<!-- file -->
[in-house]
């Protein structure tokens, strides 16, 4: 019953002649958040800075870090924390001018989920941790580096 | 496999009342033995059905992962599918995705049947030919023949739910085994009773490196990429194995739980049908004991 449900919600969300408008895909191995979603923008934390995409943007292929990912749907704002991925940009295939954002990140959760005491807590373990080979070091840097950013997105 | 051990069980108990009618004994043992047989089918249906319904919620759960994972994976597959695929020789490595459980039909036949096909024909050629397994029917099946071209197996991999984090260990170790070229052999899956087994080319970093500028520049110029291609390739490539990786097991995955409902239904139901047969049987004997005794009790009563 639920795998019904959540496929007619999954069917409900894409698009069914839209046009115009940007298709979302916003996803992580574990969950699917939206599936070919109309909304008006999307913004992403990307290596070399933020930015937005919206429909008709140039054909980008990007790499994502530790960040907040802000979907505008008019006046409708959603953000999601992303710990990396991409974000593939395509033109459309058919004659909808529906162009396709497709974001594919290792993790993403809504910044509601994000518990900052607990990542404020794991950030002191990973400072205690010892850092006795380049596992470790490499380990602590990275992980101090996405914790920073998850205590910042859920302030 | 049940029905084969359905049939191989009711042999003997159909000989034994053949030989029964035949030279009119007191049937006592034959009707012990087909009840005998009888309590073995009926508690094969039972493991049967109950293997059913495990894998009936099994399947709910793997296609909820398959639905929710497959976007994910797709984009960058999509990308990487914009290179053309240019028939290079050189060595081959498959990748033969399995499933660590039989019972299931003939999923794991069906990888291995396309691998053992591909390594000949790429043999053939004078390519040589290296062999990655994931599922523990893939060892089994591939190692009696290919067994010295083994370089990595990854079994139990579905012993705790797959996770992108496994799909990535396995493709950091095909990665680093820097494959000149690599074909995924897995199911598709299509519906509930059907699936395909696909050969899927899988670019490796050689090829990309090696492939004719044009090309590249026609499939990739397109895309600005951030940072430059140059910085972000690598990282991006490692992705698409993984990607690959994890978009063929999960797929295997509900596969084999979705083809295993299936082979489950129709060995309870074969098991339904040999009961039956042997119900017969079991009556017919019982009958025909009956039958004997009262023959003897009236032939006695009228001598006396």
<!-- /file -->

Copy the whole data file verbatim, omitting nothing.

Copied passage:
[in-house]
């Protein structure tokens, strides 16, 4: 019953002649958040800075870090924390001018989920941790580096 | 496999009342033995059905992962599918995705049947030919023949739910085994009773490196990429194995739980049908004991 449900919600969300408008895909191995979603923008934390995409943007292929990912749907704002991925940009295939954002990140959760005491807590373990080979070091840097950013997105 | 051990069980108990009618004994043992047989089918249906319904919620759960994972994976597959695929020789490595459980039909036949096909024909050629397994029917099946071209197996991999984090260990170790070229052999899956087994080319970093500028520049110029291609390739490539990786097991995955409902239904139901047969049987004997005794009790009563 639920795998019904959540496929007619999954069917409900894409698009069914839209046009115009940007298709979302916003996803992580574990969950699917939206599936070919109309909304008006999307913004992403990307290596070399933020930015937005919206429909008709140039054909980008990007790499994502530790960040907040802000979907505008008019006046409708959603953000999601992303710990990396991409974000593939395509033109459309058919004659909808529906162009396709497709974001594919290792993790993403809504910044509601994000518990900052607990990542404020794991950030002191990973400072205690010892850092006795380049596992470790490499380990602590990275992980101090996405914790920073998850205590910042859920302030 | 049940029905084969359905049939191989009711042999003997159909000989034994053949030989029964035949030279009119007191049937006592034959009707012990087909009840005998009888309590073995009926508690094969039972493991049967109950293997059913495990894998009936099994399947709910793997296609909820398959639905929710497959976007994910797709984009960058999509990308990487914009290179053309240019028939290079050189060595081959498959990748033969399995499933660590039989019972299931003939999923794991069906990888291995396309691998053992591909390594000949790429043999053939004078390519040589290296062999990655994931599922523990893939060892089994591939190692009696290919067994010295083994370089990595990854079994139990579905012993705790797959996770992108496994799909990535396995493709950091095909990665680093820097494959000149690599074909995924897995199911598709299509519906509930059907699936395909696909050969899927899988670019490796050689090829990309090696492939004719044009090309590249026609499939990739397109895309600005951030940072430059140059910085972000690598990282991006490692992705698409993984990607690959994890978009063929999960797929295997509900596969084999979705083809295993299936082979489950129709060995309870074969098991339904040999009961039956042997119900017969079991009556017919019982009958025909009956039958004997009262023959003897009236032939006695009228001598006396």